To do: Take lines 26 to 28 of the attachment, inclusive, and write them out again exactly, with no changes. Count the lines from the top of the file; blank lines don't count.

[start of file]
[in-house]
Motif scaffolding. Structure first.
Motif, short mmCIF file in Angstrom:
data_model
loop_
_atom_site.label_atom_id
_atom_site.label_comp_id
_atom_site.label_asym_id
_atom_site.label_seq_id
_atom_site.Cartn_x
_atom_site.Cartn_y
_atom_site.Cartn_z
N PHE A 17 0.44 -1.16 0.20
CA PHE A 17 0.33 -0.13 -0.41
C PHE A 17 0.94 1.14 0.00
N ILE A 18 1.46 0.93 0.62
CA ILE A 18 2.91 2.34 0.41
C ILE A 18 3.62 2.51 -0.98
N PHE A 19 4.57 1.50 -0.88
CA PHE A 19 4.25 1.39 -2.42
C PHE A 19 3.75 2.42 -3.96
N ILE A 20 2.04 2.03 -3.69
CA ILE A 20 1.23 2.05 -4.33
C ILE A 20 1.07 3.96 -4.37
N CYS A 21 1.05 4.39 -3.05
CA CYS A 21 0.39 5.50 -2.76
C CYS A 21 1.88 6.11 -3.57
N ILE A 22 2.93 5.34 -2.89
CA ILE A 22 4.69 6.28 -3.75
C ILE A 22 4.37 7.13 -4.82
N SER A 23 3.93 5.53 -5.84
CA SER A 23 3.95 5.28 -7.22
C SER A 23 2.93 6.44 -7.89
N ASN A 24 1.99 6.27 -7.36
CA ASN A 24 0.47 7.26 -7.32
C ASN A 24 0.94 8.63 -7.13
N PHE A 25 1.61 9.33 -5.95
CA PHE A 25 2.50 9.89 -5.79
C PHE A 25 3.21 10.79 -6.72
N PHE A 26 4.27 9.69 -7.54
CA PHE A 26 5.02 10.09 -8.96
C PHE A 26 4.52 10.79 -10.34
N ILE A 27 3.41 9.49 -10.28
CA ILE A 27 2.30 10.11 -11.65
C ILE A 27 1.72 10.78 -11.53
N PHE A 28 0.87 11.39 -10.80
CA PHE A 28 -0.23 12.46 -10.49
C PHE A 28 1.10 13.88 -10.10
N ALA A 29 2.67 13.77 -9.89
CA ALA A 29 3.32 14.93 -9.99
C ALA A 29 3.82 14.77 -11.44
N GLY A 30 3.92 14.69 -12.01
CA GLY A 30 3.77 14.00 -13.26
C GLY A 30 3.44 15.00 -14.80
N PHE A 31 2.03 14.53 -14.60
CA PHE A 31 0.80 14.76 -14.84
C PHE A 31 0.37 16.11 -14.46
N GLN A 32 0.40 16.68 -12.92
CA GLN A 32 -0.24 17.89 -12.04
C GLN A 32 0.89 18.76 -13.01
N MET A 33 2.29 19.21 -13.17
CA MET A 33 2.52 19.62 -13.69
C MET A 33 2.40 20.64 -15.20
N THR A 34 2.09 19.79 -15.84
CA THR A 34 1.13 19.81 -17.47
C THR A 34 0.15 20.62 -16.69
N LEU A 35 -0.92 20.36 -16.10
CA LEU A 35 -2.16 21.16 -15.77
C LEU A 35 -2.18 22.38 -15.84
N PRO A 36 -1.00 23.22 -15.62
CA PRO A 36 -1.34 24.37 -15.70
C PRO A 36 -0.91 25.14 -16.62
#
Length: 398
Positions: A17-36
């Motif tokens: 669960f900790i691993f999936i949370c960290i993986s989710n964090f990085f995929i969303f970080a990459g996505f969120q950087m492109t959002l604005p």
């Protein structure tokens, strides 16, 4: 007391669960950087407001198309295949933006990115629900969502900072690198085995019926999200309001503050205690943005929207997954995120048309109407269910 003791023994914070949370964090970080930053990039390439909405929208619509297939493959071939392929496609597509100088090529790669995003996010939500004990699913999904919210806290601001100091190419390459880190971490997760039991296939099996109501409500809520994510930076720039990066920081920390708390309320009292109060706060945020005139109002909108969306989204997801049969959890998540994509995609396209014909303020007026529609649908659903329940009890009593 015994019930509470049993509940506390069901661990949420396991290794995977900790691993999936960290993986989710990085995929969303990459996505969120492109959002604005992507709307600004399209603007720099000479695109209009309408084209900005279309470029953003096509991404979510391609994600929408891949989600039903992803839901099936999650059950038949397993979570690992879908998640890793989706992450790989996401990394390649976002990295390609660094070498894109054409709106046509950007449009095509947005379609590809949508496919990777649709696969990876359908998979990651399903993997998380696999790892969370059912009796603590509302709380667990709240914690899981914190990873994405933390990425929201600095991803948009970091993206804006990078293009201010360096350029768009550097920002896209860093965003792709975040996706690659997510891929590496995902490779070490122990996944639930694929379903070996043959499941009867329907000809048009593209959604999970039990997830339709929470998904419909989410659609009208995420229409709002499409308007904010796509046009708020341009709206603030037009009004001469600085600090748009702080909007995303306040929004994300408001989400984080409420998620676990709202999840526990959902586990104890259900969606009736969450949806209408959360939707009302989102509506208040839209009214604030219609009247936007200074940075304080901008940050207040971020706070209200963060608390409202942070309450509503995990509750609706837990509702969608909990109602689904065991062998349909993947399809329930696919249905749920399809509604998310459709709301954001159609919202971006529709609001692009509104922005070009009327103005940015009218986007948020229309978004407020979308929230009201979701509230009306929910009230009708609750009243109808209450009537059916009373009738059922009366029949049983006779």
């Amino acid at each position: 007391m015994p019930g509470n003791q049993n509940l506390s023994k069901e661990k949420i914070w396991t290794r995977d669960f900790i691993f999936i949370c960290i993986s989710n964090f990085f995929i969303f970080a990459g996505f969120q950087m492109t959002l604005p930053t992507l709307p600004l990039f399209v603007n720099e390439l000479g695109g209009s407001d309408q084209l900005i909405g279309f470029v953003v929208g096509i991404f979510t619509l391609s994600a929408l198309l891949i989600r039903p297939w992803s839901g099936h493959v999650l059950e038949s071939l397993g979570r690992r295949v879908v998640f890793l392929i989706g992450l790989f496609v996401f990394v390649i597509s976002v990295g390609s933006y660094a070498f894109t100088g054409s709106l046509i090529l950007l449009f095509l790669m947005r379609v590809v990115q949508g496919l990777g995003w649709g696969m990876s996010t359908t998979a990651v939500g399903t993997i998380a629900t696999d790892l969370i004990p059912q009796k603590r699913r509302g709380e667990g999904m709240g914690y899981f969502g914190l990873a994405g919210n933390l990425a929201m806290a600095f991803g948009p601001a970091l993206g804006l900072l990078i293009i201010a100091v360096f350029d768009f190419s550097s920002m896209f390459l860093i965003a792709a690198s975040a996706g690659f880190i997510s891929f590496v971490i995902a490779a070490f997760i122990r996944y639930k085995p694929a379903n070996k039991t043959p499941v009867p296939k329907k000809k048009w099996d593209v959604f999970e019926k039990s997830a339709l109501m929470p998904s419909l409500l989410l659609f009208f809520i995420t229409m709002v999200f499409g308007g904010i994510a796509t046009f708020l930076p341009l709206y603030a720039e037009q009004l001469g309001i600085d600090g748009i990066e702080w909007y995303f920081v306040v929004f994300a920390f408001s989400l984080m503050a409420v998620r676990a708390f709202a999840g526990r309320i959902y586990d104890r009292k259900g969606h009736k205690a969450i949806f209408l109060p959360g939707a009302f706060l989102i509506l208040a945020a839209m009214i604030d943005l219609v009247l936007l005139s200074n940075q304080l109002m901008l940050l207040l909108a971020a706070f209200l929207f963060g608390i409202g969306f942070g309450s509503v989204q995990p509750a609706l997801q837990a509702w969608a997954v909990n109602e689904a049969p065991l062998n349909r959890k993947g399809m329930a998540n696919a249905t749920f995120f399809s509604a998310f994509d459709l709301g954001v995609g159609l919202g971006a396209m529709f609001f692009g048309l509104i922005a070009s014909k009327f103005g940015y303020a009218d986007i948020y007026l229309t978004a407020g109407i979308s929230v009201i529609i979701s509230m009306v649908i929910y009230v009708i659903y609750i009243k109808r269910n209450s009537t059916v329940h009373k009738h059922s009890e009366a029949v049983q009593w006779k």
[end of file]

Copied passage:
CA CYS A 21 0.39 5.50 -2.76
C CYS A 21 1.88 6.11 -3.57
N ILE A 22 2.93 5.34 -2.89